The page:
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Follow the rules on parking and pools

I have been asked the question what are the county parking codes. Here is a summary.

Clark County says vehicles parked at a residence must be operable. Trailers, recreational vehicles campers and boats belonging to the property owner may be parked on his or her property but cannot obstruct public right-of-ways, sidewalks, streets or alleys or any sight zone. Vehicles may be parked on a public street for up to 72 hours. They must be operable and have current plates and registration. If vehicles are parked in the public right of way for more than 72 hours, contact the Las Vegas Township Constable’s Office at 702-455-8697.

For more information, I have provided the website: clarkcountynv.gov/constable.

Another issue has been the community pools, which remain closed because of COVID-19. They will remain closed until we get the OK from the Governor’s Office. Homeowners associations did, however, receive a notice from the Southern Nevada Health District on rules and regulations for pool areas, or aquatic venues. First, the District wants signs that have lettering on a contrasting background with a font of 36 points.

Signs at each entrance of the pool area, or aquatic venue, should include:

■ In case of an emergency, dial 911.

■ Hours of the facility and “Unauthorized use of the aquatic facility outside of these hours is prohibited.”

■ No smoking in the aquatic venue or on the deck.

■ Do not swim if you have open wounds.

■ Do not swim if you are ill with diarrhea or have had diarrhea within the past two weeks.

■ Shower before entering the water.

■ No glass items allowed in the aquatic venue or on the deck.

■ Diaper changing on the deck is prohibited.

■ No animals on the deck, except service animals, and no animals allowed in the aquatic venue.

■ Qualified operator information, which includes company/operator name, contact information and the company/operator certificate number issued by the health authority.

This information must be posted within 30 feet of each entrance to each aquatic venue and be visible to bathers in the aquatic venues:

■ NO DIVING — in letters at least 4 inches high.

■ Location of the nearest emergency phone.

■ Contact information for aquatic facility management and emergency personnel.

■ Theoretical peak occupancy (capacity).

■ Pollution of the Aquatic Venues are prohibited.

■ Do not swallow or spit aquatic venue water.

■ Intentional hyperventilation or extended breath holding activities are dangerous and prohibited.

■ Post location of the nearest emergency phone.

This information must be posted at the exit from each restroom:

■ Do not swim when ill with diarrhea or with open wounds or sores.

■ Shower before entering the water.

■ Diaper changing on the deck is prohibited. Check your child’s swim diapers/rubber pants regularly.

■ Do not poop or pee in the aquatic venue.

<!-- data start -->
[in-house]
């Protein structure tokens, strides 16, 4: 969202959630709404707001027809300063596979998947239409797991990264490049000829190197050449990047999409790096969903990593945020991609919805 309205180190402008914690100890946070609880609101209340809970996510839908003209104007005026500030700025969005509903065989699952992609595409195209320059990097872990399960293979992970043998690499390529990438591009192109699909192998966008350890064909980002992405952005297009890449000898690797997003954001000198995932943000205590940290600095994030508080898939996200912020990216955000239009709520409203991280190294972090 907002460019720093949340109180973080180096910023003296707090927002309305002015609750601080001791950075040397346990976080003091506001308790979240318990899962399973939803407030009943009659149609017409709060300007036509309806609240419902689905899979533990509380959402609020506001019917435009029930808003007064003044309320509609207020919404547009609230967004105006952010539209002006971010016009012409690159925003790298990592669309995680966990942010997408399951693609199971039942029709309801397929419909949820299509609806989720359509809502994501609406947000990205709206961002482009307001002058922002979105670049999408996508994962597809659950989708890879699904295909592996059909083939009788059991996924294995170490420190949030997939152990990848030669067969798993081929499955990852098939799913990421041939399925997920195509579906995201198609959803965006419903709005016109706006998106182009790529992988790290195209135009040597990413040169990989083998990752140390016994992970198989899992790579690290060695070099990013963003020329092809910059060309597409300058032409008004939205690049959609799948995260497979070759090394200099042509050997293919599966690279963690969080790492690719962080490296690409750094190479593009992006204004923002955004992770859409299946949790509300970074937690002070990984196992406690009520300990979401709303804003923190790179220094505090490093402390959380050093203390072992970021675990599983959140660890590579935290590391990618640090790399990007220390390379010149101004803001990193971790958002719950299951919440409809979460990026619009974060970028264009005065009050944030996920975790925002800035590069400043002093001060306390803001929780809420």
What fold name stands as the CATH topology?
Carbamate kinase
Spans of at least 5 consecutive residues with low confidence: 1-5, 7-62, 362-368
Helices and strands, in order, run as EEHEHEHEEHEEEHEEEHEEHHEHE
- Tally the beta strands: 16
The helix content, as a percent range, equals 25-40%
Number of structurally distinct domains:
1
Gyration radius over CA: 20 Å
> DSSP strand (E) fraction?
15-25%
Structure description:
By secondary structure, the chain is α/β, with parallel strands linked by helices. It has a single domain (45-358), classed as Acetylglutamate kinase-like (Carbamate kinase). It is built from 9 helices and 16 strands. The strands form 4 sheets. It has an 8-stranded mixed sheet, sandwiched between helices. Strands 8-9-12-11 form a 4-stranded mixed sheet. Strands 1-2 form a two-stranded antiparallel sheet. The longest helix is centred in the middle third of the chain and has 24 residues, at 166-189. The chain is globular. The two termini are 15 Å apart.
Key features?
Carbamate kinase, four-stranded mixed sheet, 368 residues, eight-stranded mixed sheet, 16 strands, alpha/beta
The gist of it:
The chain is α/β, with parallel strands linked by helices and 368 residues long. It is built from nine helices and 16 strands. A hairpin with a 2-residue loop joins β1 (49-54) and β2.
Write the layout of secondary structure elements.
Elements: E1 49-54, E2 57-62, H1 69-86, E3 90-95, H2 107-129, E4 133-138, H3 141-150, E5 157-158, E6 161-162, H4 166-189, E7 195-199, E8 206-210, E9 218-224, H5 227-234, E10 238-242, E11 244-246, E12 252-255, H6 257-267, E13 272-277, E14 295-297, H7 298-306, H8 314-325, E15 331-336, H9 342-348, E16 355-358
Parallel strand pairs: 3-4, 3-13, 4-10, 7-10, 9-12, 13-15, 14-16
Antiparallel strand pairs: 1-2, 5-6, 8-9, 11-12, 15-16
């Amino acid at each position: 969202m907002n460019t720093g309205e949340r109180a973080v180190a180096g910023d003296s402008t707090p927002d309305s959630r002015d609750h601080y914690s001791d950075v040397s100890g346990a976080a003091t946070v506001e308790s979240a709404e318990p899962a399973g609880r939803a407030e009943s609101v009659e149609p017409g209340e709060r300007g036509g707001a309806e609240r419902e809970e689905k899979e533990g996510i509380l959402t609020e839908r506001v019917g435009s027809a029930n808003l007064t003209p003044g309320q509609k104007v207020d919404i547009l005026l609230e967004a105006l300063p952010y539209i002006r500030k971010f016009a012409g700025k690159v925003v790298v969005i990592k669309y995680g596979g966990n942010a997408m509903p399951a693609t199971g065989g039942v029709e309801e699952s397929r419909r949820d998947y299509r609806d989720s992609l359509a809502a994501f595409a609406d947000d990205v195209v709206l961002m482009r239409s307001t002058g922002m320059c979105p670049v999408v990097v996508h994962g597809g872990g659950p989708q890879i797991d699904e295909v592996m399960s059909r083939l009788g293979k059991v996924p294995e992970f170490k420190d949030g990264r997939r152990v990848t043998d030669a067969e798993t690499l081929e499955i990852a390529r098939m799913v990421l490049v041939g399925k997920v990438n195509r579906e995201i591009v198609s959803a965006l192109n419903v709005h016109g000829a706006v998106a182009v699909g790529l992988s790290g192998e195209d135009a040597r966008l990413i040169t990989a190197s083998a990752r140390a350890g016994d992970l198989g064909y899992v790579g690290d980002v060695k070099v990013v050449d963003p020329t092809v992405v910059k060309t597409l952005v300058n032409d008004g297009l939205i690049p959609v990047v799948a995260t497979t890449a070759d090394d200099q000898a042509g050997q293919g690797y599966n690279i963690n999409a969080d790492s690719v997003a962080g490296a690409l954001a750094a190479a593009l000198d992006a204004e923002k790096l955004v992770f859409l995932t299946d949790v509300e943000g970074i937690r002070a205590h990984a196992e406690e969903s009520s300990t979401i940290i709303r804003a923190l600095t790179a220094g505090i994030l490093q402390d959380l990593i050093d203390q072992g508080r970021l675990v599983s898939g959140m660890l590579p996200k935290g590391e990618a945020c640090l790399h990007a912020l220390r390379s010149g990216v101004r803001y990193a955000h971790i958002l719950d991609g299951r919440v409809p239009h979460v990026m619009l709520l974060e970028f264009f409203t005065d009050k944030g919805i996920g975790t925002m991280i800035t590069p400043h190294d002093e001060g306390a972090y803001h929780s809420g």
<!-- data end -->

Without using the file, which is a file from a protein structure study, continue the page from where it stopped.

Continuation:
■ Do not swallow or spit water.

■ Wash hands before returning to the aquatic venue.

This information is required to be posted and maintained at the location of the emergency telephone, system or device.

■ Aquatic facility address.

■ Emergency dialing instructions.

This information must be posted at each spa:

■ Children younger than 12 must be accompanied by an adult. The maximum recommended exposure time for such children is 10 minutes. (This must be posted in letters at least 4 inches high.)

■ Extended exposure to hot water or vapors may be detrimental to the health of elderly persons and persons with heart conditions, diabetes, or high or low blood pressure.

■ Pregnant women and people with heart disease, high blood pressure or other health problems should not use spas without prior consultation with a health care provider.

■ No solo bathing.

■ Maximum water temperature is 104°F.

This information must be posted at each pool not required to have lifeguards:

■ No lifeguard on duty. (This must be posted in letters at least 4 inches high.

■ Children under 14 years of age must have adult supervision.

■ No solo bathing.

■ CPR posters reflecting the latest standards.

■ First aid location(s). (Include when facility has on-site staff available during pool hours.)

Imminent health hazards (which require immediate correction or closure of the aquatic venue/aquatic facility) include:

■ Failure to provide adequate supervision and required staffing.

■ Failure to provide required disinfection levels.

■ Failure to treat and achieve proper disinfection following contamination event.

■ Failure to maintain pH levels between 6.5 and 8.0.

■ Failure to continuously operate filtration and disinfection equipment.

■ Failure to maintain Cyanuric Acid levels below 100 PPM.

■ Use of an unapproved water supply source for potable water observed.

■ Absence of all required lifesaving equipment on deck observed.

■ Failure to maintain GFCI protection for underwater lighting as required.

■ Aquatic venue bottom not visible.

■ Total absence or improper marking of depth observed.

■ Plumbing cross-connections between drinking water and waste water observed.

■ Failure to maintain the barrier to prevent unauthorized access to the aquatic venue.

■ Use of unapproved chemicals or application by unapproved methods.

■ Broken, unsecured, or missing suction outlet covers observed.

■ Broken glass or sharp objects in the venue or on deck observed.

Barbara Holland is a certified property manager (CPM) and holds the supervisory community manager certificate with the state of Nevada. She is an author and educator on real estate management. Questions may be sent to holland744o@gmail.com.

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